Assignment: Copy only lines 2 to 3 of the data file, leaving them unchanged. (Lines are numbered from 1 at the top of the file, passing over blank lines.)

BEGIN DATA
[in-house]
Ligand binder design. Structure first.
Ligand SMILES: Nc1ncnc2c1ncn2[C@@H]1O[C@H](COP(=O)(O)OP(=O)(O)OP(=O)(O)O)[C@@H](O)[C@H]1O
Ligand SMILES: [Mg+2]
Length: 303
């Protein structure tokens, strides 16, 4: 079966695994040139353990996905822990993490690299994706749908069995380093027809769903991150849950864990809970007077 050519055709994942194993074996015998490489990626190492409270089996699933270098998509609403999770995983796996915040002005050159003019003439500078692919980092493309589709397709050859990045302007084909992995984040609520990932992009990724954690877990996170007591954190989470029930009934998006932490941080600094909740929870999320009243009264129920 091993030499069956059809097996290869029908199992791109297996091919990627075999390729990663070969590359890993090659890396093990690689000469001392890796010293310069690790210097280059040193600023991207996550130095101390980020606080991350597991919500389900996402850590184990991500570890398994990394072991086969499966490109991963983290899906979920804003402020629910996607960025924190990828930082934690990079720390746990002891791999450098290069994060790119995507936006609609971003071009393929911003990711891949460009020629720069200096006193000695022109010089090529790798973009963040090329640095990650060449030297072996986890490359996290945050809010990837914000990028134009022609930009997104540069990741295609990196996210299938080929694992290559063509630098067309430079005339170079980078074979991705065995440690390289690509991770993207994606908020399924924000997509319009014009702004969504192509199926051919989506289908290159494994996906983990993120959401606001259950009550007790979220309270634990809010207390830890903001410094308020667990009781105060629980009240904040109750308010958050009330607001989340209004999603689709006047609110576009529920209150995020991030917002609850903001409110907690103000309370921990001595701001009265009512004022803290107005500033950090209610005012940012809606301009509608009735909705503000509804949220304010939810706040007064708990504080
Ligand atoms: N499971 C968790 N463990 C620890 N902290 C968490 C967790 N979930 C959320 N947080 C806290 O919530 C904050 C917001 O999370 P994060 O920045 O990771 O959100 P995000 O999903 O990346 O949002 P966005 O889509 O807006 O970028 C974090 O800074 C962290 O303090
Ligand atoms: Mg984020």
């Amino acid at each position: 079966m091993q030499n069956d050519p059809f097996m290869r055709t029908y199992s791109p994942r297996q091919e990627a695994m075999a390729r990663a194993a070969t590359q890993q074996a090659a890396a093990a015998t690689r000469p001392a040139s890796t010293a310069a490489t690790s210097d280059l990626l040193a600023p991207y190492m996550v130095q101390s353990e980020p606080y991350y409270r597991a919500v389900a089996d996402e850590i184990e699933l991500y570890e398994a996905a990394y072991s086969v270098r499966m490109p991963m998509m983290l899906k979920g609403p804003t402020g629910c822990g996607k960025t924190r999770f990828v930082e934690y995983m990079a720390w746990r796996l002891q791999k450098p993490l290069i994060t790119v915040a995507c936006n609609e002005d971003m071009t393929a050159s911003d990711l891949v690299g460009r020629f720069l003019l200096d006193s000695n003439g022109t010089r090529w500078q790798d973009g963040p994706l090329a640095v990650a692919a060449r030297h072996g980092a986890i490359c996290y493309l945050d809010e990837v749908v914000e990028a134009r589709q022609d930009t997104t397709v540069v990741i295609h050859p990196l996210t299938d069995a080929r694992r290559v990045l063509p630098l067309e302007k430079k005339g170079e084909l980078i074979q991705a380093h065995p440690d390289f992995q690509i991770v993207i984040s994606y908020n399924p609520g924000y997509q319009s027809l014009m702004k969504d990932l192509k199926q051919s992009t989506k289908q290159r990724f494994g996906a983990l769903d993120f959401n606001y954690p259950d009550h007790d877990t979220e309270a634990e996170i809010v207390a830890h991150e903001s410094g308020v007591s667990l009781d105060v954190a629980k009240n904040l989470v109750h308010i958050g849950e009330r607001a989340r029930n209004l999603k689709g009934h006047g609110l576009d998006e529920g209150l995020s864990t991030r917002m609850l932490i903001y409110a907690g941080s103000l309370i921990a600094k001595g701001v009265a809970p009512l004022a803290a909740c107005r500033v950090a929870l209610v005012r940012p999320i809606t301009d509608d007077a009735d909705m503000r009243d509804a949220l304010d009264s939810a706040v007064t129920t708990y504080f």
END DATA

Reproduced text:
Ligand binder design. Structure first.
Ligand SMILES: Nc1ncnc2c1ncn2[C@@H]1O[C@H](COP(=O)(O)OP(=O)(O)OP(=O)(O)O)[C@@H](O)[C@H]1O